I'm not going to be here tomorrow. You'll have to muddle on without me. I trust you'll make it somehow.
I will be away at the doctor, looking for some way to dislodge the little man trying to carve out a mine shaft in the back of my skull with industrial drilling equipment.
Your prayers for proper diagnosis and quick recovery would be appreciated.
I'll try to finish a shuffleblog post I started earlier in the week, and post that later tonight before I go home. Once I log off here shortly, I need to put an honest hour or two of work in first.
Sunday is Easter, the most sacred of Christian holidays. You'd think that a writerly type such as myself would be working on a finely-crafted rumination on the meaning and importance of the day. You'd think that I would be preparing all week for such a powerful and potentially life-changing post.
If so, then you don't know me very well, do ya.
I'm unprepared for Easter. Not just blog-wise, either.
I have not taken the time to reflect much over the last month or two, let alone the past week. I've just been going, going, going. I got slowed down a bit by illness here or there, likely the result of poor diet + little rest + little exercise. I haven't been doing sabbath. I've just being going. Finally, this week, I realized that it's just time to stop. But I've forgotten how.
Last night, I had a moment of clarity, or at least, semi-transparency. I realized that the best descriptor for me right now is faded. My personality has been diluted to its most basic and ugly parts. I've been drained of life, in many ways. There is nothing vivid about me. Nothing striking. I'm washed-out and worn.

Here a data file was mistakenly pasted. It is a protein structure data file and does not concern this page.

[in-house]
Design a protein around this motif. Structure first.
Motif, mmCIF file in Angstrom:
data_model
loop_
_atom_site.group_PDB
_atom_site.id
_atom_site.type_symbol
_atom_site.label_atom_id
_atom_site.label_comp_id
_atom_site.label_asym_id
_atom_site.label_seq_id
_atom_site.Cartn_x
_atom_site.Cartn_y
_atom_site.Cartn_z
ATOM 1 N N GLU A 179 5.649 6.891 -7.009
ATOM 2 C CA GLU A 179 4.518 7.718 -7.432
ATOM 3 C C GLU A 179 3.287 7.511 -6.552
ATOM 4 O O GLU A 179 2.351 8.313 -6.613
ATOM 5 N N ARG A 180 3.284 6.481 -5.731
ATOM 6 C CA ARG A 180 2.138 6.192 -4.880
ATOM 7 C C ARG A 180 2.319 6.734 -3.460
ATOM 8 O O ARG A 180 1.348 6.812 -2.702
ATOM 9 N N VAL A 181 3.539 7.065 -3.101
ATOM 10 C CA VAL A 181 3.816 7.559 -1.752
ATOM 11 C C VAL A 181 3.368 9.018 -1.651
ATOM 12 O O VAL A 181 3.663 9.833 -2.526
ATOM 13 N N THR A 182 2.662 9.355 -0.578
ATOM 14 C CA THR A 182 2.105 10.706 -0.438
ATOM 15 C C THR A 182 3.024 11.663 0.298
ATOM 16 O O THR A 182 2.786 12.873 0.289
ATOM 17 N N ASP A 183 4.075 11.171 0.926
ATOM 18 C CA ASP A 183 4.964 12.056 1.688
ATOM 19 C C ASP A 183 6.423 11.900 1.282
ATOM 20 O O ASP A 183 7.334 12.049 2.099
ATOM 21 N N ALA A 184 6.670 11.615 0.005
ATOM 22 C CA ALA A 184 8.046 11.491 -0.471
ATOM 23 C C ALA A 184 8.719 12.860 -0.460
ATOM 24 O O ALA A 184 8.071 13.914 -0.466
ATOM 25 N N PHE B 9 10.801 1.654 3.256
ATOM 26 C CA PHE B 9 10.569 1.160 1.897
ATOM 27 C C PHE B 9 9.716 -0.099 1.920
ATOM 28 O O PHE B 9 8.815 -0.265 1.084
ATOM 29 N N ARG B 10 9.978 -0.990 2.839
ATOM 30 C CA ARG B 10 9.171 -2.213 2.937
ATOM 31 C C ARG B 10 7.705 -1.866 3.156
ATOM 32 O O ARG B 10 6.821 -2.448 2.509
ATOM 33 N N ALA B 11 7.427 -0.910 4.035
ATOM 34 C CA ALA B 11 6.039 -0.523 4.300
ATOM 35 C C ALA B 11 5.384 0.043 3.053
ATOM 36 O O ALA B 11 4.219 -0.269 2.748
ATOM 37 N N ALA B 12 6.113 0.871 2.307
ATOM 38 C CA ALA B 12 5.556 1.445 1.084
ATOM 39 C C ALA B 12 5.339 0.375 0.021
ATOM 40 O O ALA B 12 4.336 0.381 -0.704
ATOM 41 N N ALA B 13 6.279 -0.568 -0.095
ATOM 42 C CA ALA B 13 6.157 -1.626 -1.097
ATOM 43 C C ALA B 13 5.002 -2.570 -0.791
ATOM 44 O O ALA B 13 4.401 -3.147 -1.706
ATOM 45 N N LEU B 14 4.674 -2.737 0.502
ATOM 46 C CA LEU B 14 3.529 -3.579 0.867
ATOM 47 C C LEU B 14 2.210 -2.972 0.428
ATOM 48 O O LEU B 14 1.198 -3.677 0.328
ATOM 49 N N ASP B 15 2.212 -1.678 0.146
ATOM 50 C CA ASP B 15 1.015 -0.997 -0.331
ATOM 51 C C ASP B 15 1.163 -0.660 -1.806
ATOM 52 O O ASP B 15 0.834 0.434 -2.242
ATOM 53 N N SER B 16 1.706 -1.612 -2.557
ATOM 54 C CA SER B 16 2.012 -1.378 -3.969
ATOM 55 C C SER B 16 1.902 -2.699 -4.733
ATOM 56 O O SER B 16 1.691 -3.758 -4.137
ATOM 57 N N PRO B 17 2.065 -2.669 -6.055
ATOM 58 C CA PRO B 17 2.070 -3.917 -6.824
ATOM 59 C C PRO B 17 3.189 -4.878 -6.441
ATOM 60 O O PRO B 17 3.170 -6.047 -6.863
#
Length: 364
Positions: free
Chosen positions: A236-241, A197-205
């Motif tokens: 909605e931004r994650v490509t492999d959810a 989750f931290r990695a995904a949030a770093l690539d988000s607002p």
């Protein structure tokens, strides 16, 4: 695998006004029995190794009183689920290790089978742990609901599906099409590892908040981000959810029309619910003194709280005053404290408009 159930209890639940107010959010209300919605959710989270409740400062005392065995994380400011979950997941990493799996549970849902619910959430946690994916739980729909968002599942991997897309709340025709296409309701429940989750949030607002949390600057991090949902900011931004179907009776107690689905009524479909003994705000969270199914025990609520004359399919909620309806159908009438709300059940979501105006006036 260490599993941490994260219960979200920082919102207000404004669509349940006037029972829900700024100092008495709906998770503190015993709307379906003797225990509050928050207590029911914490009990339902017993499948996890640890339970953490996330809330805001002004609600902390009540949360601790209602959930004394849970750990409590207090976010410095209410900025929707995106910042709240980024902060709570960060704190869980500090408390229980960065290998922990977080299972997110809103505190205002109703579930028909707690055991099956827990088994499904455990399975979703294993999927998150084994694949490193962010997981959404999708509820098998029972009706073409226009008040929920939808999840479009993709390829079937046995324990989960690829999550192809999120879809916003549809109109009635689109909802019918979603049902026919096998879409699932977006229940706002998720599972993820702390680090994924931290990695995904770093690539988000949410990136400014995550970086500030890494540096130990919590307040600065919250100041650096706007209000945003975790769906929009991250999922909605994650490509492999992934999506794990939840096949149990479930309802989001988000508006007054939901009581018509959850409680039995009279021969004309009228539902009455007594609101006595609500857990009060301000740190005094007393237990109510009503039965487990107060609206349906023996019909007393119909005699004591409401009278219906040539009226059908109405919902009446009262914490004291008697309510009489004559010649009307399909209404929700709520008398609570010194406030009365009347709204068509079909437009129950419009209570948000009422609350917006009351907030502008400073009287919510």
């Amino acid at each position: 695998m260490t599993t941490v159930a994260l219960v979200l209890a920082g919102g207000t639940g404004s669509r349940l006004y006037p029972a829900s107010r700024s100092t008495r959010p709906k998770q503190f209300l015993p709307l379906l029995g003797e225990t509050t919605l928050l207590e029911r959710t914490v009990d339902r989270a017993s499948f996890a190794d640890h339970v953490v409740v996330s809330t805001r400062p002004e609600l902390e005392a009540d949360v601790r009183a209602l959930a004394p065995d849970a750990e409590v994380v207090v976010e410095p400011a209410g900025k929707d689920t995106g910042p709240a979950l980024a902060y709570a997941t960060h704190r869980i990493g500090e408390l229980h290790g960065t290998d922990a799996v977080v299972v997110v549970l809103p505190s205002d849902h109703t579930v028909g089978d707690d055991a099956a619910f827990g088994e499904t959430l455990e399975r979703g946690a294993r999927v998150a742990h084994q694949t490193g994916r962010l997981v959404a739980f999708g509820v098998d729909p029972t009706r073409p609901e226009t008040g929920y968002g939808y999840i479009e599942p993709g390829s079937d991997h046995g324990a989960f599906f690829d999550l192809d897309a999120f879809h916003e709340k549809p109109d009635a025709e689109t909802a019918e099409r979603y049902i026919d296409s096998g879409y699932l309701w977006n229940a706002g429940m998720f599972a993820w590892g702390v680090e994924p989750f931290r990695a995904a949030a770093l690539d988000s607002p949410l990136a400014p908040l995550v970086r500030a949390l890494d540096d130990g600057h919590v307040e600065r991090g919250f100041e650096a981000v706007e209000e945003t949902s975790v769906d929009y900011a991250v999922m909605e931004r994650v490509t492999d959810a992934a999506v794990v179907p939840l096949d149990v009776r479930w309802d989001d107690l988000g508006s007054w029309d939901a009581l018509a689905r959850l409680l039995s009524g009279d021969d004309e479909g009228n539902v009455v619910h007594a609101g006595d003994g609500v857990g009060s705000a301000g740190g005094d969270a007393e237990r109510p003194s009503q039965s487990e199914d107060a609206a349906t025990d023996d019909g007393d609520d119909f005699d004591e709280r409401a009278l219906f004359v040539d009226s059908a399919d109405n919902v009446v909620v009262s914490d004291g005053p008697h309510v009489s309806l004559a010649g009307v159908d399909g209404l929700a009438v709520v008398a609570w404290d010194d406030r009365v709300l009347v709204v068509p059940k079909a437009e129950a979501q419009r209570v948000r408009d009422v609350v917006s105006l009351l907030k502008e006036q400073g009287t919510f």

I told Amanda last night that I have come to the point where I just don't love people anymore. Sometimes I tolerate them. I'm indifferent toward people, at best. I'm impatient and derogatory, more often. I have no heart for the lost, or even for the "found." I know more about the lives of minor characters on television shows than I do about the people in the Bible study I lead (probably because I spend an hour a week listening to the TV characters, and 30-40 minutes a week talking at the people at church). I just don't care. I'm more satisfied to put my head down and plow through my own life doing my own thing. You leave me alone, and I'll leave you alone.
Of course, then there's Sunday, when I put on the "church" face and spout all the right talking points about being welcoming and loving people and making connections and reaching out. All the buzzwords floating around the Sunday School leadership right now. I'm reading all the books and attending all the meetings. I'm all about "connections" on Sunday. But Monday comes around, and I couldn't care less. I realized it this week, and it's bothered me ever since.
I read the apostle John's first letter last night, and was beaten up one side and down the other by it. I was told over and over that my love for God is demonstrated by my love for others. That the man who claims to love God but hates his brothers is a liar and doesn't even know God. That kind of stuff scares me. I know how fickle and flighty my love for people is. Can my love for God be the same way? (Short answer: yeah.)